They will accept any item at the pantry, but are in dire need of cereal, bars of soap, boxes of macaroni and cheese, applesauce, canned fruit, tuna, and chicken.
If you are unable to donate, please pass the word that they are in need of items. Also, let people know that they don’t turn anyone away.
The Southampton Community Cupboard is open every second and fourth Saturday.
If you wish to donate, please contact Mike and Candice Iwanicki at email@example.com. If you would rather donate cash or a Big Y card, please send it to: Iwanicki, 94 Pleasant St., Southampton, MA 01073.
She’s my good-morning every day, and my night-love-you before I go to bed.
I remember meeting Sherry, Roger’s older sister, in 1992 when we were dating brothers. Her height was enhanced by a little 90’s poof and her smile was warm. The guys aren’t in recent chapters, but Sherry is still in mine.
I remember in the early 90’s we were driving back from Chi chi’s Mexican restaurant during an ice storm. Mini skirts and cowboy boots embraced our tight little bodies, and we laughed while we pushed the small, silver sedan up the dark, slippery hill in Westhampton. We didn’t look at the time.
I remember we yelled at each other in 1995, when I started dating Roger. He was in the marines, stationed in North Carolina. His leave and holidays were always spent with Sherry and that would change. The people in the apartment below used a broomstick or something on their ceiling to break up our boisterous exchange. We laughed and ate pancakes with real syrup the next morning while we shared the funnies.
I remember Sherry standing next to me in December of 1995. We were outside at the gazebo in Easthampton. It was dark and the snow was fresh and white like my rented gown. We joked that the only reason I was marrying her brother was so we could be sisters. I really loved my marine, but this may have been true.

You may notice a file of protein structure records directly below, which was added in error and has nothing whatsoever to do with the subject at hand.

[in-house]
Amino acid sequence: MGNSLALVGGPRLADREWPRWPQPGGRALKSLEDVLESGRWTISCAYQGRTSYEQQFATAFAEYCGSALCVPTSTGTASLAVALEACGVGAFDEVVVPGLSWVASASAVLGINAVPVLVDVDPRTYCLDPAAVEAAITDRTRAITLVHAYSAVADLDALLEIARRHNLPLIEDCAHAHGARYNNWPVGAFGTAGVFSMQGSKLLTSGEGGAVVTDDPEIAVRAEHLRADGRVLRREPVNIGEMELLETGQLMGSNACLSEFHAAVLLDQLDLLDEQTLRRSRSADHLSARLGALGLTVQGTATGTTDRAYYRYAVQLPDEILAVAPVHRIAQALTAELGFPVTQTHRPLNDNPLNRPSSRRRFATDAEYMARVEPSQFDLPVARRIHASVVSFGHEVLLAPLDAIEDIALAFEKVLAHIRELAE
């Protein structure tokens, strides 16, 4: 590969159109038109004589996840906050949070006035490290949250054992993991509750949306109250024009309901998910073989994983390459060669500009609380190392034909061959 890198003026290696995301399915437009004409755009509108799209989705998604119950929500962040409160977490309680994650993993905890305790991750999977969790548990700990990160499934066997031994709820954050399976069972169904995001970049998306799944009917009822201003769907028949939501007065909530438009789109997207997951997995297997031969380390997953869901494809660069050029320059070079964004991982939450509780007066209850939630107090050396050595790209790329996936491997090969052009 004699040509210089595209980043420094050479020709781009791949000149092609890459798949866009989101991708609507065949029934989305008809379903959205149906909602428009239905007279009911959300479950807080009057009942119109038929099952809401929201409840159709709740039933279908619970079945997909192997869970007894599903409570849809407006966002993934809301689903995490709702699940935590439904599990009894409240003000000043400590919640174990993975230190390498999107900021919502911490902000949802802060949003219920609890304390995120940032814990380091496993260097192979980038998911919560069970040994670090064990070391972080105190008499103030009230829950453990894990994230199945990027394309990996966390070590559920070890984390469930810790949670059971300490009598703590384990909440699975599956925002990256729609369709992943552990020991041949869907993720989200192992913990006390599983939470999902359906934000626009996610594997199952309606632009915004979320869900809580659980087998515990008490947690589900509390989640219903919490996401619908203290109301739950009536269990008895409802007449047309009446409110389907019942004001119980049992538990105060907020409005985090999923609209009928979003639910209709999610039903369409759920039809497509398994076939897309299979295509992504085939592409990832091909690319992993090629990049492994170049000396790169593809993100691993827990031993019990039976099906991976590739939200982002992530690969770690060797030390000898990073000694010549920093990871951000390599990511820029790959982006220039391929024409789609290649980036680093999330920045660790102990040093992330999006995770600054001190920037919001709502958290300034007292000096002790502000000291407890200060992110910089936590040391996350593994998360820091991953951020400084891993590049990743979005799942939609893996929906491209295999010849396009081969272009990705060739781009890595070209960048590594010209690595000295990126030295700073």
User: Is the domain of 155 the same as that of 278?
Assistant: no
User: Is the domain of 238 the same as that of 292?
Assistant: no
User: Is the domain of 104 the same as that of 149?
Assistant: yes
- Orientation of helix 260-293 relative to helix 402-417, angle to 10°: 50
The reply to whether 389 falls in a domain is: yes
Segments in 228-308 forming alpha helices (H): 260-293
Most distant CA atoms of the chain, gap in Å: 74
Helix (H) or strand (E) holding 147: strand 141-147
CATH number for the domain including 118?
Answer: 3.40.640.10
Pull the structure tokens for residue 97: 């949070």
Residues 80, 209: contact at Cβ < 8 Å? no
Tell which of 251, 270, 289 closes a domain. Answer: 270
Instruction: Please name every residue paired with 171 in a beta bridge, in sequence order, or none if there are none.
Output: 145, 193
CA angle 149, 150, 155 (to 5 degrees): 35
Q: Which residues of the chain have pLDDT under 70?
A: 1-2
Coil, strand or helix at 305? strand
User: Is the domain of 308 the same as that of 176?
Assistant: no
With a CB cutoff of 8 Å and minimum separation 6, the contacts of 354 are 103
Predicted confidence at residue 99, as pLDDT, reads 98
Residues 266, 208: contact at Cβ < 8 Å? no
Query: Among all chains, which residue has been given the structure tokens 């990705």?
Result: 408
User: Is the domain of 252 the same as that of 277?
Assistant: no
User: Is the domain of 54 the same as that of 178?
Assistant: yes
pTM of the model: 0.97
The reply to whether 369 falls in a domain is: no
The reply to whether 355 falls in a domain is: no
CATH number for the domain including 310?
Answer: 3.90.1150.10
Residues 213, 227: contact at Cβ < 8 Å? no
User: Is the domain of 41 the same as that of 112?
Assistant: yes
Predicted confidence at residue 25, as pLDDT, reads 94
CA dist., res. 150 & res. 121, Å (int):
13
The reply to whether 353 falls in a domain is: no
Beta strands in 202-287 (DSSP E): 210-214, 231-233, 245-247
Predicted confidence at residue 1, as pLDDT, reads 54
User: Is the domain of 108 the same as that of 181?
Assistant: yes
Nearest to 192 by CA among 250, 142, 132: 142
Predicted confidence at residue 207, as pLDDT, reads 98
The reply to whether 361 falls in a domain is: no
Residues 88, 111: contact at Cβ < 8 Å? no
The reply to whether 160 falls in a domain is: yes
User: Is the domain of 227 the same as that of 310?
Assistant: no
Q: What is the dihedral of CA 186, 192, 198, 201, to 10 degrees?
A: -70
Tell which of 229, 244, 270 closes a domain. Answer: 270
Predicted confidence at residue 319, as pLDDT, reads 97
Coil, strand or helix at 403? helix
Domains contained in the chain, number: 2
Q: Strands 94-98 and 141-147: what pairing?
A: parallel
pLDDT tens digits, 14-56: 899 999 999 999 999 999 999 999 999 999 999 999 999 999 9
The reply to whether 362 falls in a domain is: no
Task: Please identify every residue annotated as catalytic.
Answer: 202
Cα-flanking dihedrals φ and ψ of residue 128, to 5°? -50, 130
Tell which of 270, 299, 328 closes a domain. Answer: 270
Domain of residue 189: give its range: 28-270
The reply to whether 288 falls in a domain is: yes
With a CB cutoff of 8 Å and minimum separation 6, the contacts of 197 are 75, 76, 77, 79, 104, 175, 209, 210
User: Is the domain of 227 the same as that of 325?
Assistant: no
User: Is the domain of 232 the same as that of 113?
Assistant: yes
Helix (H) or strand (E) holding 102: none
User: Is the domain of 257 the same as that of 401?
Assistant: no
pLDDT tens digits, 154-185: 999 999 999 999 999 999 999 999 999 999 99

I remember her trying to win a staring contest, the kind when you can’t smile or look away. She’s received the genetic gift of not being very good at it, but it is the most authentic smile I’ve ever seen. Her eyes crinkle, and the left side of her mouth duels the right.
I remember when she came to us one year when we were living in North Carolina. She wanted to start over. She was brave and I was in awe. “Life is hard,” we said.
I remember how excited we were when Madonna came out with her Music CD and we played the shine out of the disk. The speakers crinkled and cracked. We’d drive down Bell Fork Road in Jacksonville, NC. She drove a navy-blue Ford Ranger, and I drove a Candy. Apple. Red . . .mini van.
I remember not being able to use my voice when I saw her through the muggy air in June of 2009. Roger was gone. I don’t remember what she wore or how her blonde curls were shaped, but I remember the trauma in her blue eyes.
I remember sitting across from Sherry while her and Roger’s father was dying, hoping it would end soon, but guilty for feeling that way. We held hands across his thin chest, and played audio of the Boston Red Sox World Series game hoping he could hear it. We commented on his perfect skin and his heart’s purity.
Sherry folds money into little shapes like guitars or swans and sends them to the boys on their birthdays. She listens to me more than I listen to her and is the only one who calls me T-Mae. She tells me when I should have used the word “rode” instead of “road” in my writings. She remembers everything significant like if I have a paper due, and from Tennessee, she checks my weather. She always tells me how strong I am.